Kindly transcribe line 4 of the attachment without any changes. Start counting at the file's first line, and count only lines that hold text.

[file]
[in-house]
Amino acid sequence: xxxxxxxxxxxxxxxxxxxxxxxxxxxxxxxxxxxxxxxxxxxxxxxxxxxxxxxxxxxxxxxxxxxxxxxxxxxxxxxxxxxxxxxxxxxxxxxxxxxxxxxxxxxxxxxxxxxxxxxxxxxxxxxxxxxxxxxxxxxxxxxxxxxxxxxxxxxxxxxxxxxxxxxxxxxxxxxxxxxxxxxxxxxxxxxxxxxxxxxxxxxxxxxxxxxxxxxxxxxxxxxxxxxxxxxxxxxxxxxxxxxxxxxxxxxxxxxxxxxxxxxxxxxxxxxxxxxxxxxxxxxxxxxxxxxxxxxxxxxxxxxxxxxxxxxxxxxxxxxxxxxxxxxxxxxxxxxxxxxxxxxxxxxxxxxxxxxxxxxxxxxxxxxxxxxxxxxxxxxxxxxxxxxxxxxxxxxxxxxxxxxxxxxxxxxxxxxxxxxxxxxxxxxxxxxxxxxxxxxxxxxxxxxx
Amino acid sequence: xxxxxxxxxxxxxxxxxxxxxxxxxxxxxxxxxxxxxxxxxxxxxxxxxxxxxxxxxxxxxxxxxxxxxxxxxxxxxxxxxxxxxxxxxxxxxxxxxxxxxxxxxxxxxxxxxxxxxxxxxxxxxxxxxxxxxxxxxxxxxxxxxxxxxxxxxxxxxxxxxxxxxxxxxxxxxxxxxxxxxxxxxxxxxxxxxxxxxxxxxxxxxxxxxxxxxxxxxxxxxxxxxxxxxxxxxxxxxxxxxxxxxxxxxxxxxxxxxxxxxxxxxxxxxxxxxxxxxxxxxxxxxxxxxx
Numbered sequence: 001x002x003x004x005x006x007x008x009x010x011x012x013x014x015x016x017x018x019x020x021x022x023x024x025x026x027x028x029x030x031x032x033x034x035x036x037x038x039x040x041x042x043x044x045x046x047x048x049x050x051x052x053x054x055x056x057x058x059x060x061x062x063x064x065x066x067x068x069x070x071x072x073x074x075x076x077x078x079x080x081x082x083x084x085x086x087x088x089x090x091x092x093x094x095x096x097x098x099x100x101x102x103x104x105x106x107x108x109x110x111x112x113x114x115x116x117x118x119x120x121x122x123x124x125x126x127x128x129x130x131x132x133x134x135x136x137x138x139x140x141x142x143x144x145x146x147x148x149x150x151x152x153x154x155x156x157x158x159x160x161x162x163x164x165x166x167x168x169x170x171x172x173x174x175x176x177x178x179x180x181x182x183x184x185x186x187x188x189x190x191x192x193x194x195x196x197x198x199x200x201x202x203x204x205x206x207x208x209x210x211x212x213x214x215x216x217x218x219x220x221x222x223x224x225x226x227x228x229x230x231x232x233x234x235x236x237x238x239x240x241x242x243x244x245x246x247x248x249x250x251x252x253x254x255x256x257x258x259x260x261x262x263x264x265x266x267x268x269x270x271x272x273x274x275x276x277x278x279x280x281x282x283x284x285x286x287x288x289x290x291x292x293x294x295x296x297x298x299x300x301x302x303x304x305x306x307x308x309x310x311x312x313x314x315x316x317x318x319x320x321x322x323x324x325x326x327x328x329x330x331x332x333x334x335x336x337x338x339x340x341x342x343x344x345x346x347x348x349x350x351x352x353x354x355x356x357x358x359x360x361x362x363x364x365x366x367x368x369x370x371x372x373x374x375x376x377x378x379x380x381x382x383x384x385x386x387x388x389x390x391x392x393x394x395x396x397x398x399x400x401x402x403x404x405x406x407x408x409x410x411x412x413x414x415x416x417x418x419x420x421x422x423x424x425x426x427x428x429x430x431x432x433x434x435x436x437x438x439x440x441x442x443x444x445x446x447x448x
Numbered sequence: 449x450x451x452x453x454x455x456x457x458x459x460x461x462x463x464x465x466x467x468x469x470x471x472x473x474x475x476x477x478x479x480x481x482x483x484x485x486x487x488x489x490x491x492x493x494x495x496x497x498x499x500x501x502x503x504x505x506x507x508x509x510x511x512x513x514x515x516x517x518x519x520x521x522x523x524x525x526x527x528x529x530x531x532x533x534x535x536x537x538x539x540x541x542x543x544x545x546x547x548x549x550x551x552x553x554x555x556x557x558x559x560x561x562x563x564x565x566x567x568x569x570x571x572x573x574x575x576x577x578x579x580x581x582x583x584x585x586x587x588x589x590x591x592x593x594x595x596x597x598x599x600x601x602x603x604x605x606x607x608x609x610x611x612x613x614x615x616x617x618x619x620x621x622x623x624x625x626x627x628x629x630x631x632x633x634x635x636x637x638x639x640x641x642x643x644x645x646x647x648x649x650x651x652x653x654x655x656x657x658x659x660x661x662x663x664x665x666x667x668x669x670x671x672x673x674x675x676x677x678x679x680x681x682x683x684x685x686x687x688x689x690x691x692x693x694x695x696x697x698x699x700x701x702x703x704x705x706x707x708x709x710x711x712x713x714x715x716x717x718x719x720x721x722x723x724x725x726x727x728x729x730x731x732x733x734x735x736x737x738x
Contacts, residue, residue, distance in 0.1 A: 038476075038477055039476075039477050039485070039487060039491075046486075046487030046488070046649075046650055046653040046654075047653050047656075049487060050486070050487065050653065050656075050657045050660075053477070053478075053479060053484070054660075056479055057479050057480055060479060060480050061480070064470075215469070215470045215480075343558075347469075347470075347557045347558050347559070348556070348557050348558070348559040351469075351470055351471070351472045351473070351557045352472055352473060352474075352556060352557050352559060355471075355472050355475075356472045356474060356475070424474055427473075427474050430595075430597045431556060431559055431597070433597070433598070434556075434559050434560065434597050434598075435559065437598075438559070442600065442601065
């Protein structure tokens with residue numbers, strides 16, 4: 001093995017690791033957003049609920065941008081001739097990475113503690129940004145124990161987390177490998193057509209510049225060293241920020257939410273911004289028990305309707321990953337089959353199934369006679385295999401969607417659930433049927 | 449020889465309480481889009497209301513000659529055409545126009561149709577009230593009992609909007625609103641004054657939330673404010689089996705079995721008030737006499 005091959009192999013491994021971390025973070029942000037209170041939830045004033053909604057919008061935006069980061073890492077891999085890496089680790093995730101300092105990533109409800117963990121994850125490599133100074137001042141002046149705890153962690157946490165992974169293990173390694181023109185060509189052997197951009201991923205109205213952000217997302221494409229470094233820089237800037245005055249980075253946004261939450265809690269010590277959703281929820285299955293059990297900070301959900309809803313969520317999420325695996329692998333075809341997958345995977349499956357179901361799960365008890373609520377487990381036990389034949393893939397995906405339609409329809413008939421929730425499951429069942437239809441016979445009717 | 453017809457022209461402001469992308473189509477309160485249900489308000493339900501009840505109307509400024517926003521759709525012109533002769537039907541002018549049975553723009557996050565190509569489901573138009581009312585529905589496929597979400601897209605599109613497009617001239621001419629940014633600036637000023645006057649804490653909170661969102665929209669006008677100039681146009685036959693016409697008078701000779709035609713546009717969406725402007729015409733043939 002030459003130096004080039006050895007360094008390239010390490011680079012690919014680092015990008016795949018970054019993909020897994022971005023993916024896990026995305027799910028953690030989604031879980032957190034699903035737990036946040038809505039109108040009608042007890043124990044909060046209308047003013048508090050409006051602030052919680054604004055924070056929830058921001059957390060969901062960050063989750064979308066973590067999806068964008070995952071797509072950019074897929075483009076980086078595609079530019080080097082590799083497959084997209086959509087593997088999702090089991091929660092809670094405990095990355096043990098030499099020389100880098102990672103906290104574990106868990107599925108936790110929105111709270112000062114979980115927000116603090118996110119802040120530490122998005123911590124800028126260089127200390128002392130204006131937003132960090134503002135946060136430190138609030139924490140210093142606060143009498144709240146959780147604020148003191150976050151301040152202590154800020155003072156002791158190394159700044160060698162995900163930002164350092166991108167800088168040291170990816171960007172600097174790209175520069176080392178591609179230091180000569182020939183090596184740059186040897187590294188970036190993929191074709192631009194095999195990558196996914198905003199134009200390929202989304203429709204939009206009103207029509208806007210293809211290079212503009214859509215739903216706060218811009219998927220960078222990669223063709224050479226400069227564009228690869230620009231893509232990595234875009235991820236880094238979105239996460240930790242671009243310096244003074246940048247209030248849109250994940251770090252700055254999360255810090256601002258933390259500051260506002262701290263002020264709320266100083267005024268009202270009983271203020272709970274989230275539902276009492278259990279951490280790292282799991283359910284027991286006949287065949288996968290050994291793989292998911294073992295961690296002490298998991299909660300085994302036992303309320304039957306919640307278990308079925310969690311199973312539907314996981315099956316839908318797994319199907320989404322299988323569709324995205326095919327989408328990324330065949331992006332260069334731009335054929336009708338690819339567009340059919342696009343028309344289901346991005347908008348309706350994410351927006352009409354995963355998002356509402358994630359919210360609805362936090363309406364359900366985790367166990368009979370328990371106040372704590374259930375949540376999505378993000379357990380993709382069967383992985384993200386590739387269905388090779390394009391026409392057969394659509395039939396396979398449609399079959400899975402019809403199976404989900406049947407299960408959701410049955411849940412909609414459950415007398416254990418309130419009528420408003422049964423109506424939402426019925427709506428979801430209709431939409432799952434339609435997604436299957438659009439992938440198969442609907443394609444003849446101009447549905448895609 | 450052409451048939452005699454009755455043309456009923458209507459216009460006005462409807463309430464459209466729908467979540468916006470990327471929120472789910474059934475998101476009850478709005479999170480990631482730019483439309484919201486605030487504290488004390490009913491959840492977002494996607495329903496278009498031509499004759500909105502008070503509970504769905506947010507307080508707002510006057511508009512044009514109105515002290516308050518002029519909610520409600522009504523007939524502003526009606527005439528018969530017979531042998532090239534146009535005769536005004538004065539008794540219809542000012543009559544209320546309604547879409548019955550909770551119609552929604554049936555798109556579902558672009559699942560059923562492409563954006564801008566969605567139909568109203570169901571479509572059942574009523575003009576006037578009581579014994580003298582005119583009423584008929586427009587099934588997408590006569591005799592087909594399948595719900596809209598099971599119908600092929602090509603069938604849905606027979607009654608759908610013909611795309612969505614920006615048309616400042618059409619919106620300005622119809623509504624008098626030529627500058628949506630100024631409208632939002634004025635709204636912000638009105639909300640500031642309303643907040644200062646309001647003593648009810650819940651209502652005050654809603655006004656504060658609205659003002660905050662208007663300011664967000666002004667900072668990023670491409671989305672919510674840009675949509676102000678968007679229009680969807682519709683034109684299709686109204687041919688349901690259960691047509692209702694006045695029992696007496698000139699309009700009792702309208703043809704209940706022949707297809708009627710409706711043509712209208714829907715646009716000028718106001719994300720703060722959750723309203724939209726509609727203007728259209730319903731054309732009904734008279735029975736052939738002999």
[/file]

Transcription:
Numbered sequence: 001x002x003x004x005x006x007x008x009x010x011x012x013x014x015x016x017x018x019x020x021x022x023x024x025x026x027x028x029x030x031x032x033x034x035x036x037x038x039x040x041x042x043x044x045x046x047x048x049x050x051x052x053x054x055x056x057x058x059x060x061x062x063x064x065x066x067x068x069x070x071x072x073x074x075x076x077x078x079x080x081x082x083x084x085x086x087x088x089x090x091x092x093x094x095x096x097x098x099x100x101x102x103x104x105x106x107x108x109x110x111x112x113x114x115x116x117x118x119x120x121x122x123x124x125x126x127x128x129x130x131x132x133x134x135x136x137x138x139x140x141x142x143x144x145x146x147x148x149x150x151x152x153x154x155x156x157x158x159x160x161x162x163x164x165x166x167x168x169x170x171x172x173x174x175x176x177x178x179x180x181x182x183x184x185x186x187x188x189x190x191x192x193x194x195x196x197x198x199x200x201x202x203x204x205x206x207x208x209x210x211x212x213x214x215x216x217x218x219x220x221x222x223x224x225x226x227x228x229x230x231x232x233x234x235x236x237x238x239x240x241x242x243x244x245x246x247x248x249x250x251x252x253x254x255x256x257x258x259x260x261x262x263x264x265x266x267x268x269x270x271x272x273x274x275x276x277x278x279x280x281x282x283x284x285x286x287x288x289x290x291x292x293x294x295x296x297x298x299x300x301x302x303x304x305x306x307x308x309x310x311x312x313x314x315x316x317x318x319x320x321x322x323x324x325x326x327x328x329x330x331x332x333x334x335x336x337x338x339x340x341x342x343x344x345x346x347x348x349x350x351x352x353x354x355x356x357x358x359x360x361x362x363x364x365x366x367x368x369x370x371x372x373x374x375x376x377x378x379x380x381x382x383x384x385x386x387x388x389x390x391x392x393x394x395x396x397x398x399x400x401x402x403x404x405x406x407x408x409x410x411x412x413x414x415x416x417x418x419x420x421x422x423x424x425x426x427x428x429x430x431x432x433x434x435x436x437x438x439x440x441x442x443x444x445x446x447x448x